Introduction: Origami Mobile From Reclaimed Hardwood Flooring

About: I like to make things and then make videos of making those things.

Recently a youtube friend of mine issued a two part origami themed challenge. The first part was to follow his instructional origami crane video (which you can find here). As a reward for participating in the challenge he agreed to send each challenger an origami animal of their choice (I chose a penquin). The second part of the challenge was to build a display for the origami. I chose to make a mobile for my son.

In this article I will show you how I made this simple mobile. You can follow along with the steps below, and don't forget to check out the video above.

If you are interested in seeing what the other competitors came up with for their origami displays, check out this playlist.


Below are links to tools and materials I used in this article. It is either the exact tool/supply or something very close.

- Wood (I chose to use reclaimed hardwood flooring, but any wood will work)

- Table saw

- Thickness planer

- Bandsaw

- Square

- Wood glue

- Clamps

- Eye screw assortment

- Embroidery thread

- Hot glue gun

Note: The links above are affiliate links, meaning, at no additional cost to you, I may earn a commission if you click through and make a purchase.

Step 1: Preparing the Wood

A friend of mine recently re-did the hardwood in their house, and I was lucky enough to grab some of the boards (well maybe a trailer full) before they went to the dump. So the first part of this project was to prepare the wood.

I started by removing the nails. I hammered out the nails, and either grabbed them with my hand, or if they were stubborn, I used pliers.

I then used my table saw to cut off the tongue and groove section of the wood and finally I used my thickness planer to remove the side with the relief cut out and the layer of finish.

I ended up with pieces that were about 2" wide and 5/8" thick, but you could change these measurements to fit the wood that you have.

Step 2: Cutting the Wood to Length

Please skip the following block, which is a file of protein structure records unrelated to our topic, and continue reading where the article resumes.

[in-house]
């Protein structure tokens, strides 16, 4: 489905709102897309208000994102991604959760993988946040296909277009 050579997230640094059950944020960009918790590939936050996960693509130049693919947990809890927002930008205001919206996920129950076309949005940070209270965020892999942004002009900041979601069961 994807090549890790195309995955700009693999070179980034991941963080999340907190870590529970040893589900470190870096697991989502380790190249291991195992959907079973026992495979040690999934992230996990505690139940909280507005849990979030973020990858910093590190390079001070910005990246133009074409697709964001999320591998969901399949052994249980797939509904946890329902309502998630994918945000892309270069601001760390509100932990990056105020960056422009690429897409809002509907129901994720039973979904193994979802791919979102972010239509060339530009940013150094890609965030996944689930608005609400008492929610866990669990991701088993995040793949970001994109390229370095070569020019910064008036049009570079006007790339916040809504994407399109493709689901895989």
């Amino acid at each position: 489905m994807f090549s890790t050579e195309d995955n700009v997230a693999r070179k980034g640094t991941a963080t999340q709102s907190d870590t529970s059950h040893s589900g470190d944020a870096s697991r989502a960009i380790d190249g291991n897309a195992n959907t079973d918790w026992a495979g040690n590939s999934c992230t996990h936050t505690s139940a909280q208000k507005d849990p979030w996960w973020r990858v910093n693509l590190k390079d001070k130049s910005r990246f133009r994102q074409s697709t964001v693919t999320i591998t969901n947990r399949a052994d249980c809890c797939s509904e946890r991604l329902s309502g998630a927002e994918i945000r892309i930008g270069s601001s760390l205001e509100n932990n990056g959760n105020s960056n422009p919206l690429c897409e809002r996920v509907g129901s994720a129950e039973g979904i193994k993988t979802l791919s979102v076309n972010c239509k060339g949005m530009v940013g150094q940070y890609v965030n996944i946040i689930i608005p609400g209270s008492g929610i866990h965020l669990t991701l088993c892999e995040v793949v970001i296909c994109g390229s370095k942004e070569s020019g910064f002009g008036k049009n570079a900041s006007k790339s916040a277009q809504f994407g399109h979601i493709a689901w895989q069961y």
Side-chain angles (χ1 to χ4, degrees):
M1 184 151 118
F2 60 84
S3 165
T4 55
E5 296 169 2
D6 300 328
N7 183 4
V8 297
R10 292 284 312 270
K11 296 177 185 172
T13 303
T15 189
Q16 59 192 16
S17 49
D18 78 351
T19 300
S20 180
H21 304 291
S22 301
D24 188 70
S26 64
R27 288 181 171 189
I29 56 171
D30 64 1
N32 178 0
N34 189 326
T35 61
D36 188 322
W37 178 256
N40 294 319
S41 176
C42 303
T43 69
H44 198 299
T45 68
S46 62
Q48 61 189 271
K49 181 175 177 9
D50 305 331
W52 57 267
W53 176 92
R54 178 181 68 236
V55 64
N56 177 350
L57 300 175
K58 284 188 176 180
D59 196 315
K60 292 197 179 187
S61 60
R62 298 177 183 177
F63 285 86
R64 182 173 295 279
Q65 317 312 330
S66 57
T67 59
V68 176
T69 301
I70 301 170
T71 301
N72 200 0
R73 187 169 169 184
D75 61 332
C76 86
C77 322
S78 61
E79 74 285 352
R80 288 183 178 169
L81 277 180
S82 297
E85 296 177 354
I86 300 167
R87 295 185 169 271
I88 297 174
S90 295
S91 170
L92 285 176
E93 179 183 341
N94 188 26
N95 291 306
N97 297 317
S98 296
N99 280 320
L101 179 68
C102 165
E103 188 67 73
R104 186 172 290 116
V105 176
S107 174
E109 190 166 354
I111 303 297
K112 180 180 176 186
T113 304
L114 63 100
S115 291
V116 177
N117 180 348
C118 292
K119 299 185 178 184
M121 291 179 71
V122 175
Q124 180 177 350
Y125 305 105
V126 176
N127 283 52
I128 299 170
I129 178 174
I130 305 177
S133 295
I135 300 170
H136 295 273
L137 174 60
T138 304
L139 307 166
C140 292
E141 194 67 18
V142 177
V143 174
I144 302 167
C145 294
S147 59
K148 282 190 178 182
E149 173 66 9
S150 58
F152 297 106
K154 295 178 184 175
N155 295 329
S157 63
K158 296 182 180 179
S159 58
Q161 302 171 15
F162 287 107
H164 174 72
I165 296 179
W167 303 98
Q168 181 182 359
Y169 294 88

As the wood was riddled with holes from the nails, I first started by cutting a bit off on the end just on the other side of a nail hole. I referenced this clean cut and measured 10" and made a mark. I cross cut the work piece at the mark and then repeated these steps so that I would have two 10" pieces.

Step 3: Marking the First Notch

To join the two pieces together I will be using what I call a cross lap joint, but I have heard others call it center halving or center lap.

I first made a mark at the halfway point of the width of the work piece, at the 1" mark.

I then used my tape measure to find the center of the length of the work piece (5"). As the material I am working with is 5/8" thick, I needed to make two marks 5/16" (half of 5/8") away from the center line. I then used my combination square to extend these lines from the center to the edge.

tip: Always put Xs or # marks in the area that will be cut out. That way you know which area will be waste.

Step 4: Cut the First Notch

Using my bandsaw I cut out the first notch by following on the inside of the line. I then checked the work piece against a scrap of the material to ensure that it was a nice snug fit.

Step 5: Mark and Cut the Second Piece

I used the first piece as a guide to trace out where the lines need to be be. I used my combination square to make sure the lines were nice and straight.